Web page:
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Thread: In what situation is Virtualization useful ?

  1. #1
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    In what situation is Virtualization useful ?

    Other than testing new distros in what way is virtualization useful ?

    I simply don't see the point in maintaining another distro.

    I just feel lazy to keep 2 distros up to date.

    In short why do you use virtualization ?
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  2. #2
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    Re: In what situation is Virtualization useful ?

    It is an option for those who need to use Windows software . I have some software that keeps me dual booting.
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  3. #3
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    Re: In what situation is Virtualization useful ?

    For a casual user?
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  4. #4
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    Re: In what situation is Virtualization useful ?

    I use it to test other distros... and also for Windows VMs for things I don't want to install on my laptop (i.e. Quicken).

    I also use them as "destructable systems"... if I want/need to try something that could mess up an install or infect it with malware, I can snapshot a VM, try it, and then revert back afterward.

    They're handy for test beds as well... before deploying my new 18.04 based firewall I built it up in a VM first and tested it there, then transferred it to the hardware when I had it ready.

    The virtual networking features in Virtualbox can be handy for testing things as well... I can put some VMs on an isolated virtual network for example, or put one VM behind a firewall running in another.
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    Re: In what situation is Virtualization useful ?

    I use Windows-based software for taxes. I also use Microsoft Access as a database client (the actual databases are in PostgreSQL on Linux). I keep a Windows 7 virtual machine around when I need to do these tasks. I find virtualization far superior to dual-booting. Being able to work in both environments can sometimes be very helpful.

    I keep a couple of Ubuntu flavors as VMs so I can answer questions here. I prefer KDE, so I have little experience with the vanilla Ubuntu interface. I have a VM with that. I have another with Ubuntu Server for the same reason.
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  6. #6
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    Re: In what situation is Virtualization useful ?

    Virtualization is very useful, especially in combination with e.g. ZFS. My Host is a minimal install of Ubuntu 19.04, because I have a Ryzen 3 2200G with Vega-8 graphics and I want the newest drivers. It is a minimal install, because I do all my work in a VM. I use 4 GB of my 16 GB as ZFS disk IO cache, which means that after the first use, the VM runs completely from memory cache (Hit Rate 93%).

    I use virtualization for the following reasons:

    • Excellent performance, I do all normal work (Email, Browsing, LibreOffice, Whatsapp, Torrents, etc.) in a Xubuntu 18.04.2 VM. Response times are instantaneous due to ZFS.
    • Security, I use Ubuntu 16.04 VM for Banking and Paypal and I use it for nothing else. The system is only "powered on" for in total say 1 hour/week. This and all other VM firewalls are closed for inbound traffic.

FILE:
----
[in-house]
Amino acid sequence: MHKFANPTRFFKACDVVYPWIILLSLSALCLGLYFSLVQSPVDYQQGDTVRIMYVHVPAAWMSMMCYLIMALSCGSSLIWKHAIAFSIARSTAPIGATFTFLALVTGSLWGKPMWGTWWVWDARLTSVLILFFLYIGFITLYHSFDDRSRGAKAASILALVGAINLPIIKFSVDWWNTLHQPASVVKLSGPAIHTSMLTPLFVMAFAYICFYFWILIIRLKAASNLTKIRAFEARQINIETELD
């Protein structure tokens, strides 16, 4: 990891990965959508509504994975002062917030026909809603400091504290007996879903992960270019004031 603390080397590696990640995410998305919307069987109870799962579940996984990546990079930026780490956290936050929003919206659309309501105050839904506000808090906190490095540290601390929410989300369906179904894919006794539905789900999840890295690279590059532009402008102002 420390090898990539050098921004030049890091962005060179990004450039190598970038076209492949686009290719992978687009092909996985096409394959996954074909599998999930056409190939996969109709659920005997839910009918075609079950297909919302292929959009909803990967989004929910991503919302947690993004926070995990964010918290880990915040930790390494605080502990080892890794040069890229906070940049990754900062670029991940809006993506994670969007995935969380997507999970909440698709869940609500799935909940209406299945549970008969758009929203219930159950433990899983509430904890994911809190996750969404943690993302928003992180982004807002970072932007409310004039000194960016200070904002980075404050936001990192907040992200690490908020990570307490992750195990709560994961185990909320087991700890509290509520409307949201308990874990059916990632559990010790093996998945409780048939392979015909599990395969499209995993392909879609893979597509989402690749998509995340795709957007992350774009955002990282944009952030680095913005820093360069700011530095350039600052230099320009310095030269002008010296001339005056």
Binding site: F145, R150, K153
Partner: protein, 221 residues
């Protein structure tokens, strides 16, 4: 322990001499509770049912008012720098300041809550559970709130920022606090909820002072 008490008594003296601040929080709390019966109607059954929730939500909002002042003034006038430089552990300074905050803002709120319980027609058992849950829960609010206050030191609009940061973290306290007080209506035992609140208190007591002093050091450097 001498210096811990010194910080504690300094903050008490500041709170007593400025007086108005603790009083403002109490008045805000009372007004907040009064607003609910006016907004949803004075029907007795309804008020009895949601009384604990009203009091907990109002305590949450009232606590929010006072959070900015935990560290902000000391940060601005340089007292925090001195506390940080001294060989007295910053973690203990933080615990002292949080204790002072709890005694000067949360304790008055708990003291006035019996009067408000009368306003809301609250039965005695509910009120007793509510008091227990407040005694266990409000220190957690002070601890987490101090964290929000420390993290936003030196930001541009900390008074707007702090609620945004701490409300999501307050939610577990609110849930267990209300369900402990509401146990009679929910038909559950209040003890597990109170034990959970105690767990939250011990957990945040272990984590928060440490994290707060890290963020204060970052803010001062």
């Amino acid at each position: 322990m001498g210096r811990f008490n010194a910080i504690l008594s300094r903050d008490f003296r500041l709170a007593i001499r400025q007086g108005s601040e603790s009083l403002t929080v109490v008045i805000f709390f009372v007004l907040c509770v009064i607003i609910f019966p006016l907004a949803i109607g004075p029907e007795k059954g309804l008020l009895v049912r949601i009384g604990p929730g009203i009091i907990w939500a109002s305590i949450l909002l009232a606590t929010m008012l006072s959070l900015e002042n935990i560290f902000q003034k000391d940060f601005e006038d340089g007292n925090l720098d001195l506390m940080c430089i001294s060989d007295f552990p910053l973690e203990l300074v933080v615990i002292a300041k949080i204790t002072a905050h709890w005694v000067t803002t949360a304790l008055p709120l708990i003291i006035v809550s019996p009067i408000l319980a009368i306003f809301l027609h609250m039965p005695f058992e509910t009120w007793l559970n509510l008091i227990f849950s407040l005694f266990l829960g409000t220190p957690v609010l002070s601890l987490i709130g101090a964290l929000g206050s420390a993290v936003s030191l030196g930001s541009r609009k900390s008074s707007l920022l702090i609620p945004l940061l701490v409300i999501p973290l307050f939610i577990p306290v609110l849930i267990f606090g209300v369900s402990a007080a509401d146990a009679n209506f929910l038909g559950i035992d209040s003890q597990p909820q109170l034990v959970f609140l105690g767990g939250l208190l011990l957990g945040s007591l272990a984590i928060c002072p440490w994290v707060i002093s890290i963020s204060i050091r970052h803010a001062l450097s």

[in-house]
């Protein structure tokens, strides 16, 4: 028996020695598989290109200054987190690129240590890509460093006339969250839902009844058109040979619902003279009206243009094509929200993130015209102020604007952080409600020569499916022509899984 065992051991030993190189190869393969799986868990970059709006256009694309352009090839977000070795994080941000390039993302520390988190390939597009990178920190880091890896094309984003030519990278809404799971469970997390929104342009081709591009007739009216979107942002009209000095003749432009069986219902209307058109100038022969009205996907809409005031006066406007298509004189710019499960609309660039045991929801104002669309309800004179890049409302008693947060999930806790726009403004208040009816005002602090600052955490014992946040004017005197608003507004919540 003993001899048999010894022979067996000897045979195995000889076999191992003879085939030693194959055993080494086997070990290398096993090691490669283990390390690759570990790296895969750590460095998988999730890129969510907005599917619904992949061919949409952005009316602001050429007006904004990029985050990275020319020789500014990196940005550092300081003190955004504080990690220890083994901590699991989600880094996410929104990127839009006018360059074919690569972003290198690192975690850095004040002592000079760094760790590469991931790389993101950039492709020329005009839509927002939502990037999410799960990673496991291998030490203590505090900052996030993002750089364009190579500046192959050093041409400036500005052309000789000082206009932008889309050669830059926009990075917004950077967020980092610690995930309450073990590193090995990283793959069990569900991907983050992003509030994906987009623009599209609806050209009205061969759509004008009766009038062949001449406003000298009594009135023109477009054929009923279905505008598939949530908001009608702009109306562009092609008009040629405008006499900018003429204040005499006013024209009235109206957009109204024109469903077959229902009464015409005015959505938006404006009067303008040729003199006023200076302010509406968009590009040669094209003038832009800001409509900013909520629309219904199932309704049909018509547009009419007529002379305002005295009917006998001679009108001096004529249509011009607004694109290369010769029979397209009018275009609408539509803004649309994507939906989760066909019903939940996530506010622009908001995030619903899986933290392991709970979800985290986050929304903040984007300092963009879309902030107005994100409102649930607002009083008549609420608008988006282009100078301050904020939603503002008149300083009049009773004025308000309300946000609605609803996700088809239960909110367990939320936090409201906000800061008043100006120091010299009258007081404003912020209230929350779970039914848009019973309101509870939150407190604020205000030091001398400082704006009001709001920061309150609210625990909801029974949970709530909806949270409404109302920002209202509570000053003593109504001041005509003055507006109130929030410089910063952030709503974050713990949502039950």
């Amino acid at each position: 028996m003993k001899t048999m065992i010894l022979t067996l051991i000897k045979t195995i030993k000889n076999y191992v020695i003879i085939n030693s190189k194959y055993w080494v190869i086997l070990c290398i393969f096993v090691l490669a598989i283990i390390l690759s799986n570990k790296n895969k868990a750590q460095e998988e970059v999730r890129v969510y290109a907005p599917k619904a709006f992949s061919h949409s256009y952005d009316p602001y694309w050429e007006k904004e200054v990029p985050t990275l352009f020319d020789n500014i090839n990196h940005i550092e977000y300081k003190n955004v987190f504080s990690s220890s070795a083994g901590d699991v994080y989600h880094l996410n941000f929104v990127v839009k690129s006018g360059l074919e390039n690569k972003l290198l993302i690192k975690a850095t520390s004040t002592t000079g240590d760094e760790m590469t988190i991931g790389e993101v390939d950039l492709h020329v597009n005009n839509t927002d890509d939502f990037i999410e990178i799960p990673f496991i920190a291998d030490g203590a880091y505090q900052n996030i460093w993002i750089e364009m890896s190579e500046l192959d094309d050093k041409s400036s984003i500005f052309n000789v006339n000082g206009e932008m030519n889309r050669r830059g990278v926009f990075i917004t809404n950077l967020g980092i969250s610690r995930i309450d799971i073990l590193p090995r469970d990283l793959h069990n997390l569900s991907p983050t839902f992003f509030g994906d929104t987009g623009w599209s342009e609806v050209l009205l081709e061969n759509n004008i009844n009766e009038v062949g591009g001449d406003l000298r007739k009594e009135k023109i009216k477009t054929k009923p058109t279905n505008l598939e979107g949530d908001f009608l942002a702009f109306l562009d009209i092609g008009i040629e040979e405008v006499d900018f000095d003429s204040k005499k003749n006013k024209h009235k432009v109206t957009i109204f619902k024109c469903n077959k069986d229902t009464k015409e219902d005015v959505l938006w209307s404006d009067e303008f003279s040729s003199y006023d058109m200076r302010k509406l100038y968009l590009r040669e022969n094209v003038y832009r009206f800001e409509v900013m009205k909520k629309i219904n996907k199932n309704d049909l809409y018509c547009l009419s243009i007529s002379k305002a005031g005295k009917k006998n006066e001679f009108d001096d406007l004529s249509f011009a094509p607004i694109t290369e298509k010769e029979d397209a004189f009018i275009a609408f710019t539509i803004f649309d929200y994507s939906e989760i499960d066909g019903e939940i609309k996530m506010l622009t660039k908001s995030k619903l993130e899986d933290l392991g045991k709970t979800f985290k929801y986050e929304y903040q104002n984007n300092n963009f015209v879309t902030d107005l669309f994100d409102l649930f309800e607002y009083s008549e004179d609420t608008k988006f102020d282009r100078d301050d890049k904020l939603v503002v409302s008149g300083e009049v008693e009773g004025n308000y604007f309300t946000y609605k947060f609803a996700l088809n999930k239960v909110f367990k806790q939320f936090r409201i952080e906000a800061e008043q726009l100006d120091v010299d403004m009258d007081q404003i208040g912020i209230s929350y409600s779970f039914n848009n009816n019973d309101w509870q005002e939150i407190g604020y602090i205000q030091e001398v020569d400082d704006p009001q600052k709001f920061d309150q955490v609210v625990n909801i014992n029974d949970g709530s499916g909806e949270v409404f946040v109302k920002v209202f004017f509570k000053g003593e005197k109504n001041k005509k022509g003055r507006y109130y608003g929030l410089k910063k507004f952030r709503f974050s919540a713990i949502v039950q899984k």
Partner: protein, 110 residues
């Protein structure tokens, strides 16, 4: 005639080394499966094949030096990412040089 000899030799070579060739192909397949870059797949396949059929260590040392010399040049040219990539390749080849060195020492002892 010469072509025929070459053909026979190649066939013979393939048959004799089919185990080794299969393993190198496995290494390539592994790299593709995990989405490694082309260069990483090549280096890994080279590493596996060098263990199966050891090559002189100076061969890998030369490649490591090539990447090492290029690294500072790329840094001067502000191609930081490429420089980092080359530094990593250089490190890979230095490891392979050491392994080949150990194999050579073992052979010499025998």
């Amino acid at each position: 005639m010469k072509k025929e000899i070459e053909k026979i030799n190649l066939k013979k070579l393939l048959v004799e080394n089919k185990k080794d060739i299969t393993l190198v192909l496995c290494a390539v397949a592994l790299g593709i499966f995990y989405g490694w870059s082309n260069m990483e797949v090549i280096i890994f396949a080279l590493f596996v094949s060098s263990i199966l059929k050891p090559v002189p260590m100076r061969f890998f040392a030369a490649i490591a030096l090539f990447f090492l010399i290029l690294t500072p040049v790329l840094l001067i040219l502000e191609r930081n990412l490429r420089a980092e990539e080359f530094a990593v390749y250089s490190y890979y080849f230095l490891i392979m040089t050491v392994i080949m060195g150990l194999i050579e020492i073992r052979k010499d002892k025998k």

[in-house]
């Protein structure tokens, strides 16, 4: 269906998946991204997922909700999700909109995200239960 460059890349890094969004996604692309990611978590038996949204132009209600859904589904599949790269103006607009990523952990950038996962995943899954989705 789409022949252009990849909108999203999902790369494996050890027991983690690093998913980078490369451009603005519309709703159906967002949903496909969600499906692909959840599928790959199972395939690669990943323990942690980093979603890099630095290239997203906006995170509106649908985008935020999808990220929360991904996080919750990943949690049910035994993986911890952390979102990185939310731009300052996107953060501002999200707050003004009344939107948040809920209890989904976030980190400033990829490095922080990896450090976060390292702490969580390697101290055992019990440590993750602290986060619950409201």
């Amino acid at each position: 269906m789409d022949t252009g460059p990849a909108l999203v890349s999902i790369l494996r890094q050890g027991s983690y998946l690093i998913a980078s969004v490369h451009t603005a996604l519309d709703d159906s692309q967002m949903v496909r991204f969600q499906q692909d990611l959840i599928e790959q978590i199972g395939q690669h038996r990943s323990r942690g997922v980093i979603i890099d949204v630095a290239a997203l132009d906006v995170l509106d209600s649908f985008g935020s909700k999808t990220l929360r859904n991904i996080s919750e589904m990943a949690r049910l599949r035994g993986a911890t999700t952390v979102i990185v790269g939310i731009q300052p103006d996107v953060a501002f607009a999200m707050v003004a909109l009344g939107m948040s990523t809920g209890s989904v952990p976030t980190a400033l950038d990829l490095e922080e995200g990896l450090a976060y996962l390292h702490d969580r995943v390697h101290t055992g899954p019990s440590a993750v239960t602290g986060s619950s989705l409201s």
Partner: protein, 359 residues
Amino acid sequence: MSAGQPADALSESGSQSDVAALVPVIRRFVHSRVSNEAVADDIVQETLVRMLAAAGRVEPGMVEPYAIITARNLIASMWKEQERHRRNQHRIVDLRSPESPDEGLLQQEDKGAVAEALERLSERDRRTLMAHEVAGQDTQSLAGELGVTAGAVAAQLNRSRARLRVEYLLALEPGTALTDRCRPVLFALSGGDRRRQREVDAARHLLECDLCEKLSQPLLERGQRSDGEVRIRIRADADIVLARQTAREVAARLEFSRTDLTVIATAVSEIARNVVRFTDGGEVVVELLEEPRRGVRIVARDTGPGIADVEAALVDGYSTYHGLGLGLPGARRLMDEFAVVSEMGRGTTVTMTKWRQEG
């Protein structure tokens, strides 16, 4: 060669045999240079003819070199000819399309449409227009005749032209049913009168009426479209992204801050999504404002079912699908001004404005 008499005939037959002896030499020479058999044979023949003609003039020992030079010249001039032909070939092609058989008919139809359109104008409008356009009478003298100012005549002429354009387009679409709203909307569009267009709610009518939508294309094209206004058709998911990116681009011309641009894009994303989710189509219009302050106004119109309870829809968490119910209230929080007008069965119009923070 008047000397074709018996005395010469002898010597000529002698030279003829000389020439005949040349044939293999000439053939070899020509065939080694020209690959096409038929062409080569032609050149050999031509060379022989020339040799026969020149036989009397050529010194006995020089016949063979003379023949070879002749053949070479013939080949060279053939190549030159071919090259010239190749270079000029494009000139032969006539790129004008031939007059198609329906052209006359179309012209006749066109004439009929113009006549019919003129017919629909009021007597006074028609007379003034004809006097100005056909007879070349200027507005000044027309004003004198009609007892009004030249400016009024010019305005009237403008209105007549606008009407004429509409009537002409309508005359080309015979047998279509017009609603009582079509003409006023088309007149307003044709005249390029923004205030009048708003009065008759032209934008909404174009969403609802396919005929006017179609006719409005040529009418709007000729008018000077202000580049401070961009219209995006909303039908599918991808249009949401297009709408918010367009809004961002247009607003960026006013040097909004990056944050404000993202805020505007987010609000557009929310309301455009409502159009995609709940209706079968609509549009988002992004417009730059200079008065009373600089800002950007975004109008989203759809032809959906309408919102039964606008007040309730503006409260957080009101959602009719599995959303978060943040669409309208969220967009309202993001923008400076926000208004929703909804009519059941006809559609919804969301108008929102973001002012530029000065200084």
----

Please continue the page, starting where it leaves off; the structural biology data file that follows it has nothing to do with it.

• Reliability, I use Ubuntu Mate 19.04 VM for experiments. Yesterday, I tried Super TuxKart in a VM with 3D acceleration. The keyboard control did not work, so I restored the Virtualbox snapshot, I took before the experiment. I do not slowly contaminate my main systems with these try outs.
    • Consistency, I moved the VMs from my old Phenom II to my new Ryzen and I did not have to worry about any re-installation or setting. For example the Windows XP VM installation is from 2011 and has run on three desktops (32-bits Pentium 4 HT, Phenom II X4 and Ryzen 3 2200G) and two laptops (2008 Dell Inspiron 1521 and 2012 HP Elitebook 8460p).
    • Nostalgia, I like to play my old music with WOW and TrueBass effects in Windows XP and living abroad I like to read the Dutch News as presented by the Windows 10 News App once a day.
    • My music keeps playing, while I reboot the Linux VM, I'm updating or I'm using for try-outs. I could reboot it each minute, but the XP music plays on.
    • I like to try three of the new Ubuntu releases 19.10 in a VM, see the new features and look for bugs.

    Before the Ryzen I did the same with my 2008 HP dc5850 with a 4-core Phenom II at 3.2 GHz and 8 GB of DDR2, using 2 GB as disk IO cache. I also have exacly the same VMs and ZFS running on my laptop, an i5-2520M also with 8 GB of DDR3, for the times I go abroad.

    For the host I did select the newest OS with the best hardware support for that hardware, while for the Application VMs I can select the OS, I prefer for that task. In my case mainly LTS releases. No compromises!
    Last edited by lammert-nijhof; 1 Week Ago at 07:52 AM.

  7. #7
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    Re: In what situation is Virtualization useful ?

    I use virtualization for almost everything. Have at home since 2006-ish. Been using it at work since the mid-1990s.

    It decouples the OS from the hardware. The virtual hardware provided to the guest OSes is very standardized. Moving a VM between physical machines doesn't usually freak out the OS, because the virtual hardware "appears" to be the identical.

    Scaling a server for more CPU or more RAM is really, really easy for VMs. It can be done from halfway around the world. No screwdriver needed.

    It makes performance upgrades trivial - just move the VM storage over to new hardware. So, moving from a C2D VM host to a new Xeon VM host doesn't freak out the guest VMs, but they run 15x faster.

    It can make DR trivial, which tied to near real-time block storage replication.

    It makes HA and automatic failover for most servers much easier. The VM host can monitor when a VM fails and automatically spin up a replacement.

    For many server needs, trying to mix multiple complex systems inside the same OS install is nearly impossible and next to impossible to maintain. I'd hate to attempt putting Nextcloud on the same OS install as Zimbra or Redmine or vTiger or Alfresco on the same system.

    Maintaining an "enterprise communications server" is complex, so patching it all the time isn't an option. But having an unpatched email server on the internet is asking to be hacked. So, put an email gateway VM on the internet, but keep the full "server" on a less hackable subnet to protect it.

    Servers often need to be in different network zones based on the risk factors for the services being run. VMs have the ability to be connected to different networks, as the security design dictates.